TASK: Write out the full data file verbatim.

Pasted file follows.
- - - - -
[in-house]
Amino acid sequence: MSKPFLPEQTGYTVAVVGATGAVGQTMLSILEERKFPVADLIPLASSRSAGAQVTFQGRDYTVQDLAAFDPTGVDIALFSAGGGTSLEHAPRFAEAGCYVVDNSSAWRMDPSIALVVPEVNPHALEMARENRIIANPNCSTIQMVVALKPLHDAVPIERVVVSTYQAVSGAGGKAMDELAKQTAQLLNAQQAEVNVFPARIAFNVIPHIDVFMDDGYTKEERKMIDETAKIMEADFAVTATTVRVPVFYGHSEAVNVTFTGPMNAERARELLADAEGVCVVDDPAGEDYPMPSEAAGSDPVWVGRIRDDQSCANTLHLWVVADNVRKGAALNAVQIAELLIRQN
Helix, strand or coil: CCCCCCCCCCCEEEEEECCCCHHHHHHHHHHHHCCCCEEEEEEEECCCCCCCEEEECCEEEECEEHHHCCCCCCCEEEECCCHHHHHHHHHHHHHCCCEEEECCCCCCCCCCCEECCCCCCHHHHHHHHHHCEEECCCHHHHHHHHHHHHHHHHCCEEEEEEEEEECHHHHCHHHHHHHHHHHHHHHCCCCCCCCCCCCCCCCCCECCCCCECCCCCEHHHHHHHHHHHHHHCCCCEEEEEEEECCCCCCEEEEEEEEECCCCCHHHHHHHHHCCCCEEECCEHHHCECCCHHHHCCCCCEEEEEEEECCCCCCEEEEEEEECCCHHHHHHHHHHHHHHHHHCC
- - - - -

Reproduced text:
[in-house]
Amino acid sequence: MSKPFLPEQTGYTVAVVGATGAVGQTMLSILEERKFPVADLIPLASSRSAGAQVTFQGRDYTVQDLAAFDPTGVDIALFSAGGGTSLEHAPRFAEAGCYVVDNSSAWRMDPSIALVVPEVNPHALEMARENRIIANPNCSTIQMVVALKPLHDAVPIERVVVSTYQAVSGAGGKAMDELAKQTAQLLNAQQAEVNVFPARIAFNVIPHIDVFMDDGYTKEERKMIDETAKIMEADFAVTATTVRVPVFYGHSEAVNVTFTGPMNAERARELLADAEGVCVVDDPAGEDYPMPSEAAGSDPVWVGRIRDDQSCANTLHLWVVADNVRKGAALNAVQIAELLIRQN
Helix, strand or coil: CCCCCCCCCCCEEEEEECCCCHHHHHHHHHHHHCCCCEEEEEEEECCCCCCCEEEECCEEEECEEHHHCCCCCCCEEEECCCHHHHHHHHHHHHHCCCEEEECCCCCCCCCCCEECCCCCCHHHHHHHHHHCEEECCCHHHHHHHHHHHHHHHHCCEEEEEEEEEECHHHHCHHHHHHHHHHHHHHHCCCCCCCCCCCCCCCCCCECCCCCECCCCCEHHHHHHHHHHHHHHCCCCEEEEEEEECCCCCCEEEEEEEEECCCCCHHHHHHHHHCCCCEEECCEHHHCECCCHHHHCCCCCEEEEEEEECCCCCCEEEEEEEECCCHHHHHHHHHHHHHHHHHCC